Seeing all our stories throughout our own first lens is natural, but we cannot stop there if we want our books to carry meaningful messages that get past the illusion of the world as a collection disparate objects and events into the oneness that is really there.


Novels are like cigarettes: it’s not easy to quit

When I wrote Giving Yourself Permission to Quit, I resolved to stop working on my follow-up novel to my “Florida Folk Magic Series” because the plot was giving me too much grief and I was seriously sick and tired of researching more than I wanted to know about the KKK. I resolved to stop smoking many times (yes, I finally did quit) but failed more often than now. Some said it was harder to get off cigarettes than heroin. I don’t know if that’s true, but it wouldn’t surprise me.

Safer than writing?

I’m rationalizing that I haven’t failed because, although I’m still working on that novel, I’m not inhaling. That means I’m doing more research and tinkering with notes about characters and thinking about how to untangle the story. But I’m not really doing any writing. This rationale never worked with real cigarettes, so I expect my resolve about this book is probably in the toilet.

The novel’s working title is “Dark Arrows, Darker Targets,” but that’s just speculation because I’m not really writing it even though my muse and other dark forces are telling me I really need to do it. When I lived in northern Illinois and my house and car were snowed in, I once walked several blocks to buy cigarettes because I was out of them. That took grit, I want you to know.

Quite possibly, writing this novel will take the same kind of insane grit. Please, I don’t want either applause or pity, especially from non-smokers out there who don’t know what it’s like. Smoking, as I mentioned in an earlier post, is an addiction that never really goes away. I haven’t smoked a cigarette in 25 years or so, but I’m still addicted. Like AA and drinking, one cannot smoke a Marlboro every once in a while and be in the clear.

The same must be true of writing. Like any sane person, I’ve tried to quit numerous times, but telling stories is worse than being hooked on heroin. Think about that when you sit down at your PC and think “what could it hurt?” and type the words once upon a time.

Yes, it will be a joyful experience for a while. But then, before you know it, you’ll be writing more and more and you’ll be choosing darker and darker subjects. At this point, you’re pretty much toast and you need to go to a meeting and say, “My name is ____________ and I’m a writer.”

Seriously, must of us who aren’t smart enough to go to that meeting write what we write because the stories are important to us whether they find readers or not. I have no idea why this is so. Years ago, when I worked at a developmental disabilities center and was rising up through the ranks until I became a unit manager, one of the directors asked about my goals. I said that I thought that after working there for a number of years, I would ultimately become a patient. They didn’t like that.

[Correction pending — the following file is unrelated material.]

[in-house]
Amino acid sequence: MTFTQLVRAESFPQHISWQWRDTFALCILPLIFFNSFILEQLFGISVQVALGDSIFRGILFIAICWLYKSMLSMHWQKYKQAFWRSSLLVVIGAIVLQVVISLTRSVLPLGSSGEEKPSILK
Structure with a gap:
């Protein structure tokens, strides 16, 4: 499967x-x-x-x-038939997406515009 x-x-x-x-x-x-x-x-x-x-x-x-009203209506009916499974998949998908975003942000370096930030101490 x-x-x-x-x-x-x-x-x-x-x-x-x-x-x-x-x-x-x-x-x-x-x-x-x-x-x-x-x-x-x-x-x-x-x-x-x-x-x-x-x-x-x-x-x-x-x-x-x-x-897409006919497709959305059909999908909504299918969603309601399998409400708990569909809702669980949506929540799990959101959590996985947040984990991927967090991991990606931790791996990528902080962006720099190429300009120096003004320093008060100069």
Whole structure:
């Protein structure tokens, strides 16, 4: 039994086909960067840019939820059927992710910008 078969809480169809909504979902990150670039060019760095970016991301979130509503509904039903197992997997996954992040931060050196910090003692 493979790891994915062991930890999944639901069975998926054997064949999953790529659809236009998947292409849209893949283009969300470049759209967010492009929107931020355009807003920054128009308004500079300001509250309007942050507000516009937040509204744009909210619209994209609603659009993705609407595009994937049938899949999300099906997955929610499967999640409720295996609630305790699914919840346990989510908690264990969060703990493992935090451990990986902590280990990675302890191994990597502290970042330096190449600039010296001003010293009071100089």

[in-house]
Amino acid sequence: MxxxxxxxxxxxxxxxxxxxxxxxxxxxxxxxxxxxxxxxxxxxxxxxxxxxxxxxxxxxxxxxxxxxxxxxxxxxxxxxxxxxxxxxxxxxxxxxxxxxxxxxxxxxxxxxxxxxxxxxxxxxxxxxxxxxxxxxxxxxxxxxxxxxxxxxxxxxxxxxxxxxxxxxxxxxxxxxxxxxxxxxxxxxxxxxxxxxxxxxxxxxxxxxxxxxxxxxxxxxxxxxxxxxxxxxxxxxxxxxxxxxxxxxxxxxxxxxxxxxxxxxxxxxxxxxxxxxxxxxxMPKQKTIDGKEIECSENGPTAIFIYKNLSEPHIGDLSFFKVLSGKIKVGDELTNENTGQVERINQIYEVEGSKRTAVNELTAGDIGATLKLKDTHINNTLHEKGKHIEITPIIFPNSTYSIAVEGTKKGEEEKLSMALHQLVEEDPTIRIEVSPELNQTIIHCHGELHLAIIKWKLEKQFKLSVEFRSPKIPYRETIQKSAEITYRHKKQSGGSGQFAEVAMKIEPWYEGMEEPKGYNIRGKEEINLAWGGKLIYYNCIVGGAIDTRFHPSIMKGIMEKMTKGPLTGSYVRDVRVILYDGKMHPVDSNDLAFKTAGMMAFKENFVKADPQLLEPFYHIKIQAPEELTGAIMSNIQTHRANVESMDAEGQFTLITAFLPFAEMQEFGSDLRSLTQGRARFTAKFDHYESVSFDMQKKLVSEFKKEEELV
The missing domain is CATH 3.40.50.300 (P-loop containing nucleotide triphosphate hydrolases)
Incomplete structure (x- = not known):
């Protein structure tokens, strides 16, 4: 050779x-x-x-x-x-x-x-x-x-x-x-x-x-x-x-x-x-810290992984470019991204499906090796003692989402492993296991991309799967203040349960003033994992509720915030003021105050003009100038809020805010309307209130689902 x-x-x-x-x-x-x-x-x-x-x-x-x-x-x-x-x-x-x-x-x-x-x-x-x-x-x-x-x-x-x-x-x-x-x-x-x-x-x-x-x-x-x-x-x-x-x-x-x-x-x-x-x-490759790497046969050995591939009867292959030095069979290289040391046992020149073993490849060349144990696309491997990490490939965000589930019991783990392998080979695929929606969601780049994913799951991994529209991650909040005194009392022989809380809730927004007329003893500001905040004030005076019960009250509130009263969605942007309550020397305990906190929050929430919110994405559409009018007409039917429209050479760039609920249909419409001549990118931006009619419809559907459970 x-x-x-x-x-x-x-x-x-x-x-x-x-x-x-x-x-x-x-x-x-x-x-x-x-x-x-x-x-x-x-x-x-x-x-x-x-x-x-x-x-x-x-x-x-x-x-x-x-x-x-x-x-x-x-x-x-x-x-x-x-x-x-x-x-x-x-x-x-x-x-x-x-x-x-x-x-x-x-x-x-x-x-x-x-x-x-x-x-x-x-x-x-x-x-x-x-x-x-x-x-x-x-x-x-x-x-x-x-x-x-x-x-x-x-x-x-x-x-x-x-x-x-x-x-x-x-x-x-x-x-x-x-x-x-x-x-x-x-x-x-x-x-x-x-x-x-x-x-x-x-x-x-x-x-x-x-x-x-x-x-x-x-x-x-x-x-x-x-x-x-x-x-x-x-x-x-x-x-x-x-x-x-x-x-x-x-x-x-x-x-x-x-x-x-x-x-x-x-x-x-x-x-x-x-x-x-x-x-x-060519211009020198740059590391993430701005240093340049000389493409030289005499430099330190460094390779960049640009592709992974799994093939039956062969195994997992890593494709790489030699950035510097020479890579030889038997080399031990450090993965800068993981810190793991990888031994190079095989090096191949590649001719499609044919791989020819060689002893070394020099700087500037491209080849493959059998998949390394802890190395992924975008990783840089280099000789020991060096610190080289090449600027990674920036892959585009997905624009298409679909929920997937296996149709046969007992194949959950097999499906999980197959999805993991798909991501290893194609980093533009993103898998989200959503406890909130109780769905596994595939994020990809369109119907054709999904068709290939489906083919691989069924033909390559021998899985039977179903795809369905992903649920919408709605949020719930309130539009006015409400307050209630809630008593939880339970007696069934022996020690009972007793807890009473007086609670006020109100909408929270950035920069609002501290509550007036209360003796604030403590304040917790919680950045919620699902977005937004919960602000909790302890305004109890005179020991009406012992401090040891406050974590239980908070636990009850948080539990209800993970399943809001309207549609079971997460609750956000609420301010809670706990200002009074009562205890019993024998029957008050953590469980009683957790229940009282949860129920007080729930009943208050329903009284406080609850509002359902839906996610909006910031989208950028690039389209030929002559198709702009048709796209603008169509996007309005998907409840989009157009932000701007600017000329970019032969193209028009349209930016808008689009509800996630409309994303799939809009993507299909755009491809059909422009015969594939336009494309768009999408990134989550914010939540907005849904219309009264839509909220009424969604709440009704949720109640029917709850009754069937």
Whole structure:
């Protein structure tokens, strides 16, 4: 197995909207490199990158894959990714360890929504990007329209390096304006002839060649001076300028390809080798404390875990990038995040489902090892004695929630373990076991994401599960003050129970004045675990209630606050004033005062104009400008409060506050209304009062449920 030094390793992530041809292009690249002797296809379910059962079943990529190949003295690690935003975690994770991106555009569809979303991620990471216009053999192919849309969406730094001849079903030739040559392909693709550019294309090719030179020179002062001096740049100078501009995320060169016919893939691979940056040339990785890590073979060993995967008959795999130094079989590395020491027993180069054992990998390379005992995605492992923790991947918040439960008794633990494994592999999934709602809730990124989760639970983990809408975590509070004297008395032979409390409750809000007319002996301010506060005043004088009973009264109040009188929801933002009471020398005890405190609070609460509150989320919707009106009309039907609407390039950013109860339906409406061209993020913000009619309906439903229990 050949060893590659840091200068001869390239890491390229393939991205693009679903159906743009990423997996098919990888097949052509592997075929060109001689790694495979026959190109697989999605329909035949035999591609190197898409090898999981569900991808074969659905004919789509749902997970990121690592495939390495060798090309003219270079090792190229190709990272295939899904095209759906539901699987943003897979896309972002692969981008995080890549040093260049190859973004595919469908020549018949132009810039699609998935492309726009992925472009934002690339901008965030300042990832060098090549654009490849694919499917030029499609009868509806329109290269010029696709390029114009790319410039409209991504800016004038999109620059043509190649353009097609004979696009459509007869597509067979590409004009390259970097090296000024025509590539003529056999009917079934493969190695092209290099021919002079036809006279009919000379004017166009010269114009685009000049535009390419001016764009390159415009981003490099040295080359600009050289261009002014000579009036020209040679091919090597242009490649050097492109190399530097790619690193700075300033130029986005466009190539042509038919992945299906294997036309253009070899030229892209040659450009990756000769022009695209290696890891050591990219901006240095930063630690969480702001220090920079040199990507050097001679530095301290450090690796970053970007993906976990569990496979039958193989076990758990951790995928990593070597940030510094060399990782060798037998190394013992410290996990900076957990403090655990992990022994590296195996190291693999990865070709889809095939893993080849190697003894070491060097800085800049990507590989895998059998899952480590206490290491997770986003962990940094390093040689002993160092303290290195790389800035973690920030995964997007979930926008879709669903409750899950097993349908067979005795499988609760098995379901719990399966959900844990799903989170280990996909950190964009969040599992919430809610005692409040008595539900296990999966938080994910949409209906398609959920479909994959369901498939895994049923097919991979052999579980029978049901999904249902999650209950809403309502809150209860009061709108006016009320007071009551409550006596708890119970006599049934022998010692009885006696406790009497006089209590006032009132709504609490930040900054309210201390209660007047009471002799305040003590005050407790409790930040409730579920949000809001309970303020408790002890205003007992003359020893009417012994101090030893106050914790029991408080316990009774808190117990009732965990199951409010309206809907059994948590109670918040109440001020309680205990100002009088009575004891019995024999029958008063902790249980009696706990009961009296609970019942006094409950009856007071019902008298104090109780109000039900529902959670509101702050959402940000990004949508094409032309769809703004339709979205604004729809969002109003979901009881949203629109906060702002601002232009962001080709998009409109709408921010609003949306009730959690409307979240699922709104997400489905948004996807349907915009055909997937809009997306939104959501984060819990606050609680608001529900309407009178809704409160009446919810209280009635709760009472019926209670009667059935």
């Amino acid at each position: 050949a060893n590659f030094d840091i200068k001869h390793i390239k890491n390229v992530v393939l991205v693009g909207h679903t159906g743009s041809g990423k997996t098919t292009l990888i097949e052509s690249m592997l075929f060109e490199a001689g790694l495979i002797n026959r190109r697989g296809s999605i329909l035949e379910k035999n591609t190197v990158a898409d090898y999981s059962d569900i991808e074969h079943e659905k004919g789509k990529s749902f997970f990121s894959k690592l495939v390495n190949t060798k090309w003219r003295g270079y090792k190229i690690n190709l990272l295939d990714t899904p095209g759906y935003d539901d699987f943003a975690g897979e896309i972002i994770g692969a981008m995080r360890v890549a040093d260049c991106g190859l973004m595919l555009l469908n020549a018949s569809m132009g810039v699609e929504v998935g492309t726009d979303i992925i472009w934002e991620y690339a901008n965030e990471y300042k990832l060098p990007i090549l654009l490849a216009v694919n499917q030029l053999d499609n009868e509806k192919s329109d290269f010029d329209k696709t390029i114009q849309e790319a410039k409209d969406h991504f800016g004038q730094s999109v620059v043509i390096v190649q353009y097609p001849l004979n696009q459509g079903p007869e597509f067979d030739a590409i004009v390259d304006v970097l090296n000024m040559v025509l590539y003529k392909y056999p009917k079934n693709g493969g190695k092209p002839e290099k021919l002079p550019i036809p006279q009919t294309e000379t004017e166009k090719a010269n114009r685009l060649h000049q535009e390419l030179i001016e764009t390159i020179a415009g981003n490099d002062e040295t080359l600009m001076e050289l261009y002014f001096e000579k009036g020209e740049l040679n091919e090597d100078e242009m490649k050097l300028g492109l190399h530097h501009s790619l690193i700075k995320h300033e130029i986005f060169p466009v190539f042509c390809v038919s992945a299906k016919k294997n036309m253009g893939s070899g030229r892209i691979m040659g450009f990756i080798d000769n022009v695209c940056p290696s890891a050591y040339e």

So, when I speak of the mental problems surrounding writers, I know how innocently is starts and that even if you begin by shooting aspiring writers while they’re still happy (as Dorothy Parker suggested), you’ll ultimately choose the dark side and become a writer yourself. There’s no exit.

And yet, when this book I’m not writing is complete, I’ll feel a sense of accomplishment. “Smokin’!!!!! Now the story’s all said and done,” I’ll be thinking when the first copies of the book arrive in the mail. After that, my muse will suggest a new book and I’ll be back to the daily grind after pretending for a while that I’m strong enough to quit.

If you’re a writer, are you trying to quit? No kidding, a pack of Marlboros might start you off on a safer addiction.


Looking for an image of an old Rosetta Tharpe recording – UPDATED

If you’ve been around for a while and/or like vintage gospel, jazz, and blues, you know who Rosetta Tharpe was as well as how influential she was. As Wikipedia notes, “Tharpe was a pioneer in her guitar technique; she was among the first popular recording artists to use heavy distortion on her electric guitar, presaging the rise of electric blues. Her guitar playing technique had a profound influence on the development of British blues in the 1960s; in particular a European tour with Muddy Waters in 1963 with a stop in Manchester is cited by prominent British guitarists such as Eric Clapton, Jeff Beck, and Keith Richards.”

So, one would think that finding a picture of a 1951 Decca release of “His Eye is on the Sparrow” with Marie Knight would be easy to locate on the Internet. Perhaps, but I can’t find it and would really like to see what it looks like so I can mention it in a novel. I could fake that, I suppose, by assuming that it looks like the other Decca recordings of the era, but I don’t feel comfortable doing that.

I spent a couple of hours this morning looking for the image. So far, I’ve found everything but. Seriously, I’d rather be writing the novel that pulling teeth, research-wise, for every fact I use. I’ve mentioned Tharpe before in my “Florida Folk Magic Series” because my character Eulalie was a blues singer and knows who all the singers of her era were. In the novel in progress, the main character is named “Sparrow” so that’s why this recording is important. Plus, I like the song, one that everyone and their brother or sister has recorded. Since the book is set in 1954-1955, the 1951 recording is the most reasonable release to use.

If you’re thinking about becoming a writer, obsessions like this will often take over your days.


And here it is, compliments of Sandy Daigler who picked the one method of searching Google’s images that didn’t occur to me:




Oops, a friend’s e-mail was hacked and the hacker tried to scan me out of $$$

I got an e-mail from a friend this morning asking if I could do her a favor.


She responded, “I’m traveling and need somebody who can pick up some iTunes cards for my daughter.”